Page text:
Art into life: the peculiar puzzle of Piet
Most people in India don’t have clothes by Yves Saint Laurence but look how, besides putting women in pants, he also put art on their backs, writes Renuka Narayanan.Updated: Jun 13, 2008 23:55 IST
Most people in India don’t have clothes by Yves Saint Laurence but look how, besides putting women in pants, he also put art on their backs. In 1966, when he opened Rive Gauche, the first ready-to-wear boutique from a couture house, he made dresses inspired by the artists of the day. The most famous YSL dress was the Mondrian dress. Not surprising that YSL was the only fashion designer honoured with a retrospective at the snooty Metropolitan Museum of Art, New York (1983).
Who was YSL’s inspiration? The Dutch-born painter Piet Mondrian (1872-1944) was actually a Theosophist whose paintings reflected his spiritual search. He tried to come closer to the Great Design of the universe by reducing his own painterly applications to minimal lines and planes of three primary colours, red, yellow and blue: a process of ‘non-representational’ art that took thirty years to evolve, though on the face of it, it seems so easy. This was not artistic affectation. It took great courage, amidst the dominance of figurative art, to do what he did: strip ‘non-essentials’ away and look for a beej mantra (seed formula).
Mondrian, originally spelt ‘Mondriaan’ the Dutch way, was born at Amersfoort in the Netherlands. Brought up as a Protestant, he began as primary school teacher who painted on the side. His early works, in the Dutch Impressionist style, carry titles like The Red Mill and Trees in Moonlight. In 1908, he was drawn to the Theosophy (literally, ‘Knowledge of God’) spiritual-philosophical movement founded by Helena Petrovna Blavatsky. She maintained that it was possible to know Nature at a deeper level beyond external forms. That belief shaped Mondrian’s worldview and therefore his art, tipped over by the exhibition of Cubist (geometric abstract) art in Amsterdam that he saw in 1911. His search for simplification was now a life mission.
In 1912 (two years before World War I ravaged Europe), Mondrian moved to Paris, dropping the extra ‘a’ from his name as an act of putting away small-town Holland. His work showed the geometric shapes and interlocking angles of Cubist artists, but seemed to be pushing for even more simplicity.
Going home in 1914, Mondrian was forced to stay in Holland by the outbreak of war. In that period he met artists Bart van der Laeck whose use of primary colour he connected deeply with and Theo van Doesburg with whom he set afoot a new way of seeing that they called De Stijl (The Style) and ‘neoplasticism’.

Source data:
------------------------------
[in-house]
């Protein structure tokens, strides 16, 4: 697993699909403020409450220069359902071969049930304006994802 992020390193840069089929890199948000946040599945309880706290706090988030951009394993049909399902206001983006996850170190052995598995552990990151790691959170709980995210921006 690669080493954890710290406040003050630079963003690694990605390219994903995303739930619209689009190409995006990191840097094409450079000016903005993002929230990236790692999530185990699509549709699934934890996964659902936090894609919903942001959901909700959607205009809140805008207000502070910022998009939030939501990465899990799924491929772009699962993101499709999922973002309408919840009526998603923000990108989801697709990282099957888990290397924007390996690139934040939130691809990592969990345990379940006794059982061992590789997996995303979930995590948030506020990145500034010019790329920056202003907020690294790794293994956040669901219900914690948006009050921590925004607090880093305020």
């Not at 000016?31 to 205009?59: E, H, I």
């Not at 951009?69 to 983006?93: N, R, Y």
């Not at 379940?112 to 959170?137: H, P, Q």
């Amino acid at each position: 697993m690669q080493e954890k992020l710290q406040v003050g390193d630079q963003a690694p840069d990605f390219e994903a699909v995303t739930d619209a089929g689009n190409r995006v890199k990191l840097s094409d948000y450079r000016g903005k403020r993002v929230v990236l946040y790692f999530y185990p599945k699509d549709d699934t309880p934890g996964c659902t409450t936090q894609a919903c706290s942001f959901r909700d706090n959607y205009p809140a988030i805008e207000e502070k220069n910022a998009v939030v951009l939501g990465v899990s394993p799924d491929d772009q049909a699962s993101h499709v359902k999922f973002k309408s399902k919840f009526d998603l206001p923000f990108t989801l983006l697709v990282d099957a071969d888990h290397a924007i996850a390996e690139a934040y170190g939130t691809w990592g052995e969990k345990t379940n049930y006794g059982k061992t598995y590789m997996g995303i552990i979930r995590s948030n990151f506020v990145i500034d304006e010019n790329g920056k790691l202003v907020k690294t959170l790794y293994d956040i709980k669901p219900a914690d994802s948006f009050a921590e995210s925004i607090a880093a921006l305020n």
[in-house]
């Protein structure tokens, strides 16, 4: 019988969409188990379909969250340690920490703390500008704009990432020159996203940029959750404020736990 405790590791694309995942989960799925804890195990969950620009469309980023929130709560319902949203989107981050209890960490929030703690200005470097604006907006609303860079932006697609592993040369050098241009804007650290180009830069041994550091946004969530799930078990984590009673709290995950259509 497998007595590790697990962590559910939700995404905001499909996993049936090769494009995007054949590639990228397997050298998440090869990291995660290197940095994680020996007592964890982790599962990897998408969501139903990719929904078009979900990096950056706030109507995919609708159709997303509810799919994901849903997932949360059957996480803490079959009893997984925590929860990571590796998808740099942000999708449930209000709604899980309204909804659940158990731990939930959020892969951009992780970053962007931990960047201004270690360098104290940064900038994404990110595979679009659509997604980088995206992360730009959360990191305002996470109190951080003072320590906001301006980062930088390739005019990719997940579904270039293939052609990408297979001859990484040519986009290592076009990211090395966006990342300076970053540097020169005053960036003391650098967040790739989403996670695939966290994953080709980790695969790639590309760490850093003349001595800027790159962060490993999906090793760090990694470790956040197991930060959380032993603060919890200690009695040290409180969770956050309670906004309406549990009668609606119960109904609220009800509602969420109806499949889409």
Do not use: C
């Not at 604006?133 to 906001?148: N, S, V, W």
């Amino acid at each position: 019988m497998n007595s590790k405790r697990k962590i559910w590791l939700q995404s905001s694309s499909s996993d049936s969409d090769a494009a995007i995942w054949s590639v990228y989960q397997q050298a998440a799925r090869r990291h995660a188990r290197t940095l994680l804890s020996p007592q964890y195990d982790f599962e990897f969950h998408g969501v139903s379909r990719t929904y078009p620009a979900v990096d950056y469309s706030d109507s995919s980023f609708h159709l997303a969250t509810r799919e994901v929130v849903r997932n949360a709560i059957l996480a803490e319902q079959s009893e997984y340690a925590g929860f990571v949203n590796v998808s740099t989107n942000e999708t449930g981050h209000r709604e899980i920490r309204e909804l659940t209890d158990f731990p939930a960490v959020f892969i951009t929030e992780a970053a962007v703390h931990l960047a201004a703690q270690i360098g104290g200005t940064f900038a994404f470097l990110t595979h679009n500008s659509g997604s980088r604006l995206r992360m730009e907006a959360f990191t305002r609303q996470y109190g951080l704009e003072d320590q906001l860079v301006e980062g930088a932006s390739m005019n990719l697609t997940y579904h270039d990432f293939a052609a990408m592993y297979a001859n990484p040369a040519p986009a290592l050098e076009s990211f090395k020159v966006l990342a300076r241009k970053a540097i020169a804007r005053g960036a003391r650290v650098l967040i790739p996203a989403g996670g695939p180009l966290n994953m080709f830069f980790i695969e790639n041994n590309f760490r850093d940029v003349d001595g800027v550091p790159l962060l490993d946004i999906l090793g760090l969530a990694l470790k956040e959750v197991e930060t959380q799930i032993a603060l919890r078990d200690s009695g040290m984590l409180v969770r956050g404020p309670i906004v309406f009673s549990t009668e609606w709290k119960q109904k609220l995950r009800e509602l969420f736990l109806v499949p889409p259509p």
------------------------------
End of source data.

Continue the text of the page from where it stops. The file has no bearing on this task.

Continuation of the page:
Twelve essays on art followed, to express Mondrian’s mental marriage of art and spiritualism. He famously wrote: “I construct lines and colour combinations on a flat surface, in order to express general beauty with the utmost awareness. Nature (or, that which I see) inspires me, puts me, as with any painter, in an emotional state so that an urge comes about to make something, but I want to come as close as possible to the truth and abstract everything from that, until I reach
the foundation (still just an external foundation!) of things…”
After the war, Mondrian moved in succession to Paris, London and New York, dying of pneumonia in 1944. He never deviated from his path, only got more joyous and triumphant at it. He’s considered the father of advertising design, because it his original grid that every graphic artist still builds on. And recently a simple functional language for Internet use was named ‘Mondrian’!
Now the puzzle: Indian, of course
How come red, blue and yellow are precisely the main colours of Rajasthani traditional dress since millennia? It’s as though when all else is pared away and only the stark minimalism of the sands is left as the landscape of life (like a blank canvas?), these three ‘primary’ colours emerge time and again from the deepest recesses of the spirit.
Now consider this. If red, blue and yellow are the three colours thrown up our sands, the two patterns of the region are both geometric: bandhni (tie-and-dye, which spread to lusher lands) and leheriya (fine stripes). Their inspiration? There was hardly any vegetation in the desert to copy forms from. So people obviously recreated the two most outstanding and elegant natural patterns that they could see: the stars in the great bowl of the night sky (basic tie-and-die) and the stripy lines on sand dunes drawn by the wind (leheriya, meaning ‘wave-like’). It’s as though ‘life into art’ (in which human beings by their clothes themselves became planes and curves of art) made its way back through Mondrian and YSL as ‘art into life’.